service locator, unless it is wrapped with a local function that 
                passes null as the IServiceProvider parameter.");
        }
    }
}

With this helper method added to a CMS project, both the CMS app and the .NET Core app can use the service collection methods.  In a CMS app, the best place to call this code is in the OnPreInit method of a code-only module. The following example module creates an empty service collection, calls two extension methods to register dependencies, and then calls RegisterWithKenticoServiceLocator to merge the collection into the CMS app’s DI container.

using CMS;
using CMS.Base;
using CMS.DataEngine;
using Sample.Management.Extensions;
using Sample.Management.Modules;
using Sample.Shared.Configuration;
using Microsoft.Extensions.DependencyInjection;

[assembly: RegisterModule(typeof(ServiceConfigurationModule))]

namespace Sample.Management.Modules
{
    public class ServiceConfigurationModule : Module
    {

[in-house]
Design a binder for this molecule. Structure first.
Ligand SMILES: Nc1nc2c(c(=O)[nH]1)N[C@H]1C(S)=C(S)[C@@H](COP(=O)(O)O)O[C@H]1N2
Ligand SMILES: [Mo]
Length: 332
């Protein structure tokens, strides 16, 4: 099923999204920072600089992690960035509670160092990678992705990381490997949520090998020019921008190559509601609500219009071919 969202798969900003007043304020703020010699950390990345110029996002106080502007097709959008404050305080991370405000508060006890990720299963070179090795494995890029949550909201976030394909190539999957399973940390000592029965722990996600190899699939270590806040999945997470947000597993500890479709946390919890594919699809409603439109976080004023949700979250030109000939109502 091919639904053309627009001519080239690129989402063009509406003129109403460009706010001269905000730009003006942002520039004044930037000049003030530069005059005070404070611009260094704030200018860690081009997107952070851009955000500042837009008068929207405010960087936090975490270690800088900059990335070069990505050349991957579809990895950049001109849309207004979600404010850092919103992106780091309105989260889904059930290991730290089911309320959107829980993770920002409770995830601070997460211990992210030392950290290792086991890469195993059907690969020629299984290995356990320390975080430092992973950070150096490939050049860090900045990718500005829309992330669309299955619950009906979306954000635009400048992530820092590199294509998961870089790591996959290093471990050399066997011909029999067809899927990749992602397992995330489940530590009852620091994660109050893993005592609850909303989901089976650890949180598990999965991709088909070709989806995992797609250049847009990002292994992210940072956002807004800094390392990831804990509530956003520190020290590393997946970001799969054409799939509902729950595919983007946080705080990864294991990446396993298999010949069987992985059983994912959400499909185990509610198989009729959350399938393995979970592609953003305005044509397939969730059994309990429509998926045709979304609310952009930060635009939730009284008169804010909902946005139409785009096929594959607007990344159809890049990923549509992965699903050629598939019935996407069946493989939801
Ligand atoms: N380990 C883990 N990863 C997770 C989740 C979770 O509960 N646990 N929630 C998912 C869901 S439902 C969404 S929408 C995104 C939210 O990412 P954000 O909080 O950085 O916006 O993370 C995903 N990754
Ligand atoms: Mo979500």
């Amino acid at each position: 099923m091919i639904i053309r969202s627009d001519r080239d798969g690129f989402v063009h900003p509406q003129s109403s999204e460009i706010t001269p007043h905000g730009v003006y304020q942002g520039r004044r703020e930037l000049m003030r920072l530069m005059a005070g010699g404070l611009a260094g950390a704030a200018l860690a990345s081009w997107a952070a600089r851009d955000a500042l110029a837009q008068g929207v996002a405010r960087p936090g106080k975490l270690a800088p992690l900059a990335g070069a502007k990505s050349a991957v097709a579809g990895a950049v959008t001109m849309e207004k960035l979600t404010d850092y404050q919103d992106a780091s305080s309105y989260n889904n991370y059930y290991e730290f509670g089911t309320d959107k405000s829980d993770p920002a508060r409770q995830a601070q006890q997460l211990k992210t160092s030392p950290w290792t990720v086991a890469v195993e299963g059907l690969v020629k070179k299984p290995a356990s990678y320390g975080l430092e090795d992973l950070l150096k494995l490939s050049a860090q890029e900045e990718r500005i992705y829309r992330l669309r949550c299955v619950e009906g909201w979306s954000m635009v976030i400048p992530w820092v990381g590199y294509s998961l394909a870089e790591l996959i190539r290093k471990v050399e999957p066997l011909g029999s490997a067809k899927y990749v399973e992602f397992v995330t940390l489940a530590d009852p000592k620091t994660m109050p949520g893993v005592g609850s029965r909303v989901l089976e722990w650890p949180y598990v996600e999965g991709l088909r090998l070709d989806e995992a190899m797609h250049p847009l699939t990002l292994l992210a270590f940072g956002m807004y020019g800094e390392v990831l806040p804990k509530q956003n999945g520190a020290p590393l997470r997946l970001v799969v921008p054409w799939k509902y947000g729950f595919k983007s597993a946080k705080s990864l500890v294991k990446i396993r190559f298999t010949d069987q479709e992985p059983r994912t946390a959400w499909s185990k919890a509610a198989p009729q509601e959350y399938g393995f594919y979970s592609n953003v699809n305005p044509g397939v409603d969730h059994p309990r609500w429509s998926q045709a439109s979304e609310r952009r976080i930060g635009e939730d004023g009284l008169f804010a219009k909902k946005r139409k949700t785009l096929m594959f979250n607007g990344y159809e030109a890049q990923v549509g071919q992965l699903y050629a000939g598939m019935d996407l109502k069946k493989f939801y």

public ServiceConfigurationModule() 
            : base(nameof(Sample) + "." + nameof(ServiceConfigurationModule))
        {
        }

        /// <summary>
        /// Use this code-only module to add additional dependencies to the
        /// DI container used by Xperience's built-in service locator.
        /// This will allow injecting built-in components and custom components
        /// as needed.
        /// </summary>
        protected override void OnPreInit()
        {
            base.OnPreInit();
            if (SystemContext.IsCMSRunningAsMainApplication)
            {
                // Create an empty service collection, so that we can call the same
                // extension methods used when registering the shared dependencies in
                // .NET Core web application setup.
                IServiceCollection additionalServices = new ServiceCollection();